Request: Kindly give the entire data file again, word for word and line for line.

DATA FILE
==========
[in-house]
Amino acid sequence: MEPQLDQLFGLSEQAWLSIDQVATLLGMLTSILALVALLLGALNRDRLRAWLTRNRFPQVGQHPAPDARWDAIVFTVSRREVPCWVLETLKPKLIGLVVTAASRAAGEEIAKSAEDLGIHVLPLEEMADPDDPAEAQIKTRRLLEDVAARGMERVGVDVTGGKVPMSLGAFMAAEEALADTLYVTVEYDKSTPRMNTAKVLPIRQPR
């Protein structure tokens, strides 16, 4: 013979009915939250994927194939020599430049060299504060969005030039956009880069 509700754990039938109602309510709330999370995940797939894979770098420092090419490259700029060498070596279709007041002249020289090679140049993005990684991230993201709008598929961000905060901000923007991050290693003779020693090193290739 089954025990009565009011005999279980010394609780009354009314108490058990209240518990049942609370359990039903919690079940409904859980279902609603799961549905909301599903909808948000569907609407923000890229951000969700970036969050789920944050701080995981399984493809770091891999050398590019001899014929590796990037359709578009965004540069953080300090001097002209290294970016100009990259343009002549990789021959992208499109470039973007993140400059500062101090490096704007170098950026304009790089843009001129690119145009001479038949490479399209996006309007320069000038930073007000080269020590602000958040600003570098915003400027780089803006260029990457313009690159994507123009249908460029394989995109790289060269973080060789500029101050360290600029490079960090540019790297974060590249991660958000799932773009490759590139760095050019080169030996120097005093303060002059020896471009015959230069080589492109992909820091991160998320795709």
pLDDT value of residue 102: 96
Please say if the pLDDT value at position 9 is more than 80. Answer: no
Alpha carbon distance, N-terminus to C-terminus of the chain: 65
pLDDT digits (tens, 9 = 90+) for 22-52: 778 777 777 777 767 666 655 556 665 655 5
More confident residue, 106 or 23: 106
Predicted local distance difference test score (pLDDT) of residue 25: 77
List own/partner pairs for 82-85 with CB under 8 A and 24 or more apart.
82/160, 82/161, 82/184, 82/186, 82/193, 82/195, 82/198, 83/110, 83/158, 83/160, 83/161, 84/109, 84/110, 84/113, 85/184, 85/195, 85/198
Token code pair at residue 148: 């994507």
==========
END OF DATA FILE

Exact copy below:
[in-house]
Amino acid sequence: MEPQLDQLFGLSEQAWLSIDQVATLLGMLTSILALVALLLGALNRDRLRAWLTRNRFPQVGQHPAPDARWDAIVFTVSRREVPCWVLETLKPKLIGLVVTAASRAAGEEIAKSAEDLGIHVLPLEEMADPDDPAEAQIKTRRLLEDVAARGMERVGVDVTGGKVPMSLGAFMAAEEALADTLYVTVEYDKSTPRMNTAKVLPIRQPR
């Protein structure tokens, strides 16, 4: 013979009915939250994927194939020599430049060299504060969005030039956009880069 509700754990039938109602309510709330999370995940797939894979770098420092090419490259700029060498070596279709007041002249020289090679140049993005990684991230993201709008598929961000905060901000923007991050290693003779020693090193290739 089954025990009565009011005999279980010394609780009354009314108490058990209240518990049942609370359990039903919690079940409904859980279902609603799961549905909301599903909808948000569907609407923000890229951000969700970036969050789920944050701080995981399984493809770091891999050398590019001899014929590796990037359709578009965004540069953080300090001097002209290294970016100009990259343009002549990789021959992208499109470039973007993140400059500062101090490096704007170098950026304009790089843009001129690119145009001479038949490479399209996006309007320069000038930073007000080269020590602000958040600003570098915003400027780089803006260029990457313009690159994507123009249908460029394989995109790289060269973080060789500029101050360290600029490079960090540019790297974060590249991660958000799932773009490759590139760095050019080169030996120097005093303060002059020896471009015959230069080589492109992909820091991160998320795709």
pLDDT value of residue 102: 96
Please say if the pLDDT value at position 9 is more than 80. Answer: no
Alpha carbon distance, N-terminus to C-terminus of the chain: 65
pLDDT digits (tens, 9 = 90+) for 22-52: 778 777 777 777 767 666 655 556 665 655 5
More confident residue, 106 or 23: 106
Predicted local distance difference test score (pLDDT) of residue 25: 77
List own/partner pairs for 82-85 with CB under 8 A and 24 or more apart.
82/160, 82/161, 82/184, 82/186, 82/193, 82/195, 82/198, 83/110, 83/158, 83/160, 83/161, 84/109, 84/110, 84/113, 85/184, 85/195, 85/198
Token code pair at residue 148: 């994507």